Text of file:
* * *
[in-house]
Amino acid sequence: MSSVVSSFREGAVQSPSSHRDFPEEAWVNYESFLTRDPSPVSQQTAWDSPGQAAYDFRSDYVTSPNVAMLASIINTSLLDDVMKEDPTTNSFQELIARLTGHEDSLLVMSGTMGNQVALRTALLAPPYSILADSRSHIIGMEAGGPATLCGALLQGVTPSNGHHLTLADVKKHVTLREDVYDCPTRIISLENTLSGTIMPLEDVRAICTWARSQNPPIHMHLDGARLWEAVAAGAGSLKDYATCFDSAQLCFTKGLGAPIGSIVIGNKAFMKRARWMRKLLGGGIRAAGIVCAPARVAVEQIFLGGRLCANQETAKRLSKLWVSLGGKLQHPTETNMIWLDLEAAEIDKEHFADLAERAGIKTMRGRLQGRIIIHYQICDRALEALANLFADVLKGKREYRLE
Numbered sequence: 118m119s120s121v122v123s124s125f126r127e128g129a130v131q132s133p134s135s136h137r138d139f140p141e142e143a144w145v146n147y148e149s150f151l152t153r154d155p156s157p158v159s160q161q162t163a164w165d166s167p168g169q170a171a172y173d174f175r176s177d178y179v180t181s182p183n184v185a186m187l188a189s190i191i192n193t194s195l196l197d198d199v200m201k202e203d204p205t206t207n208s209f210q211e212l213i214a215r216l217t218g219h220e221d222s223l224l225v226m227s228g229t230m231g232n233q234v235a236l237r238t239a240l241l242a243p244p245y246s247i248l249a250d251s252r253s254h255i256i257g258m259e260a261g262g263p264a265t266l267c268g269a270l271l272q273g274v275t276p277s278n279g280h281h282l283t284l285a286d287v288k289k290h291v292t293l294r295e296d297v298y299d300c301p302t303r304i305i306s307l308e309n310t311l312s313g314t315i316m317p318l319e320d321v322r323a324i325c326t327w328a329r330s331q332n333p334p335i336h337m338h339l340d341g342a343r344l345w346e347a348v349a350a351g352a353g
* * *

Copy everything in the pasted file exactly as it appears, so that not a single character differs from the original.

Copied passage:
[in-house]
Amino acid sequence: MSSVVSSFREGAVQSPSSHRDFPEEAWVNYESFLTRDPSPVSQQTAWDSPGQAAYDFRSDYVTSPNVAMLASIINTSLLDDVMKEDPTTNSFQELIARLTGHEDSLLVMSGTMGNQVALRTALLAPPYSILADSRSHIIGMEAGGPATLCGALLQGVTPSNGHHLTLADVKKHVTLREDVYDCPTRIISLENTLSGTIMPLEDVRAICTWARSQNPPIHMHLDGARLWEAVAAGAGSLKDYATCFDSAQLCFTKGLGAPIGSIVIGNKAFMKRARWMRKLLGGGIRAAGIVCAPARVAVEQIFLGGRLCANQETAKRLSKLWVSLGGKLQHPTETNMIWLDLEAAEIDKEHFADLAERAGIKTMRGRLQGRIIIHYQICDRALEALANLFADVLKGKREYRLE
Numbered sequence: 118m119s120s121v122v123s124s125f126r127e128g129a130v131q132s133p134s135s136h137r138d139f140p141e142e143a144w145v146n147y148e149s150f151l152t153r154d155p156s157p158v159s160q161q162t163a164w165d166s167p168g169q170a171a172y173d174f175r176s177d178y179v180t181s182p183n184v185a186m187l188a189s190i191i192n193t194s195l196l197d198d199v200m201k202e203d204p205t206t207n208s209f210q211e212l213i214a215r216l217t218g219h220e221d222s223l224l225v226m227s228g229t230m231g232n233q234v235a236l237r238t239a240l241l242a243p244p245y246s247i248l249a250d251s252r253s254h255i256i257g258m259e260a261g262g263p264a265t266l267c268g269a270l271l272q273g274v275t276p277s278n279g280h281h282l283t284l285a286d287v288k289k290h291v292t293l294r295e296d297v298y299d300c301p302t303r304i305i306s307l308e309n310t311l312s313g314t315i316m317p318l319e320d321v322r323a324i325c326t327w328a329r330s331q332n333p334p335i336h337m338h339l340d341g342a343r344l345w346e347a348v349a350a351g352a353g